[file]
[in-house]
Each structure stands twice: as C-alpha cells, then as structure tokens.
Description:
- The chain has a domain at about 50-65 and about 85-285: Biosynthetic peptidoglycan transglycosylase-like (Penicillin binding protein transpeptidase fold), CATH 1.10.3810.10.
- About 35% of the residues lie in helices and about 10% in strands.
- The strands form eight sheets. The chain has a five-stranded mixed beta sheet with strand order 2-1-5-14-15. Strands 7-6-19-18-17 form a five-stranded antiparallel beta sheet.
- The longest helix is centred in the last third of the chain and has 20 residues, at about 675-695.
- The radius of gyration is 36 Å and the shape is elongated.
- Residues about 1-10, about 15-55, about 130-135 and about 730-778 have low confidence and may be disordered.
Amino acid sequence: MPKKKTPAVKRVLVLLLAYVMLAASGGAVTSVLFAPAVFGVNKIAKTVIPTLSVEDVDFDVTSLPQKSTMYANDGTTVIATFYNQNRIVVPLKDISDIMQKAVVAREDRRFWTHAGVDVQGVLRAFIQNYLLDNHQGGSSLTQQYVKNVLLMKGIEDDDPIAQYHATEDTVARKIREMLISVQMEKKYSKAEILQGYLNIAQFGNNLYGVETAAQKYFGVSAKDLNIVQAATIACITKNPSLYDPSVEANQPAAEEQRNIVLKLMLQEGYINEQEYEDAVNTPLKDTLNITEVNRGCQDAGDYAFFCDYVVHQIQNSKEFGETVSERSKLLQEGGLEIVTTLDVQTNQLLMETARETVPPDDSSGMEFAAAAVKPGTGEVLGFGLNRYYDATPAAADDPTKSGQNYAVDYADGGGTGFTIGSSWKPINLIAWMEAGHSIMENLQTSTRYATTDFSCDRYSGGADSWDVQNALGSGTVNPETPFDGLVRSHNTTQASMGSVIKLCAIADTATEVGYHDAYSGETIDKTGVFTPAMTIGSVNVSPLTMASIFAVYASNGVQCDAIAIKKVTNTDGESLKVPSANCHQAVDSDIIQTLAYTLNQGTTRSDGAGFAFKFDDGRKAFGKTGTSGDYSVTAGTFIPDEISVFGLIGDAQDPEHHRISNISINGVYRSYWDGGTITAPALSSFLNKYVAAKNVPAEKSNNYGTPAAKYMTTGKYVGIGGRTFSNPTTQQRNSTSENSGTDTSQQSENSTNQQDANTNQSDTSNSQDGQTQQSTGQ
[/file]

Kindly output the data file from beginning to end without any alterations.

[in-house]
Each structure stands twice: as C-alpha cells, then as structure tokens.
Description:
- The chain has a domain at about 50-65 and about 85-285: Biosynthetic peptidoglycan transglycosylase-like (Penicillin binding protein transpeptidase fold), CATH 1.10.3810.10.
- About 35% of the residues lie in helices and about 10% in strands.
- The strands form eight sheets. The chain has a five-stranded mixed beta sheet with strand order 2-1-5-14-15. Strands 7-6-19-18-17 form a five-stranded antiparallel beta sheet.
- The longest helix is centred in the last third of the chain and has 20 residues, at about 675-695.
- The radius of gyration is 36 Å and the shape is elongated.
- Residues about 1-10, about 15-55, about 130-135 and about 730-778 have low confidence and may be disordered.
Amino acid sequence: MPKKKTPAVKRVLVLLLAYVMLAASGGAVTSVLFAPAVFGVNKIAKTVIPTLSVEDVDFDVTSLPQKSTMYANDGTTVIATFYNQNRIVVPLKDISDIMQKAVVAREDRRFWTHAGVDVQGVLRAFIQNYLLDNHQGGSSLTQQYVKNVLLMKGIEDDDPIAQYHATEDTVARKIREMLISVQMEKKYSKAEILQGYLNIAQFGNNLYGVETAAQKYFGVSAKDLNIVQAATIACITKNPSLYDPSVEANQPAAEEQRNIVLKLMLQEGYINEQEYEDAVNTPLKDTLNITEVNRGCQDAGDYAFFCDYVVHQIQNSKEFGETVSERSKLLQEGGLEIVTTLDVQTNQLLMETARETVPPDDSSGMEFAAAAVKPGTGEVLGFGLNRYYDATPAAADDPTKSGQNYAVDYADGGGTGFTIGSSWKPINLIAWMEAGHSIMENLQTSTRYATTDFSCDRYSGGADSWDVQNALGSGTVNPETPFDGLVRSHNTTQASMGSVIKLCAIADTATEVGYHDAYSGETIDKTGVFTPAMTIGSVNVSPLTMASIFAVYASNGVQCDAIAIKKVTNTDGESLKVPSANCHQAVDSDIIQTLAYTLNQGTTRSDGAGFAFKFDDGRKAFGKTGTSGDYSVTAGTFIPDEISVFGLIGDAQDPEHHRISNISINGVYRSYWDGGTITAPALSSFLNKYVAAKNVPAEKSNNYGTPAAKYMTTGKYVGIGGRTFSNPTTQQRNSTSENSGTDTSQQSENSTNQQDANTNQSDTSNSQDGQTQQSTGQ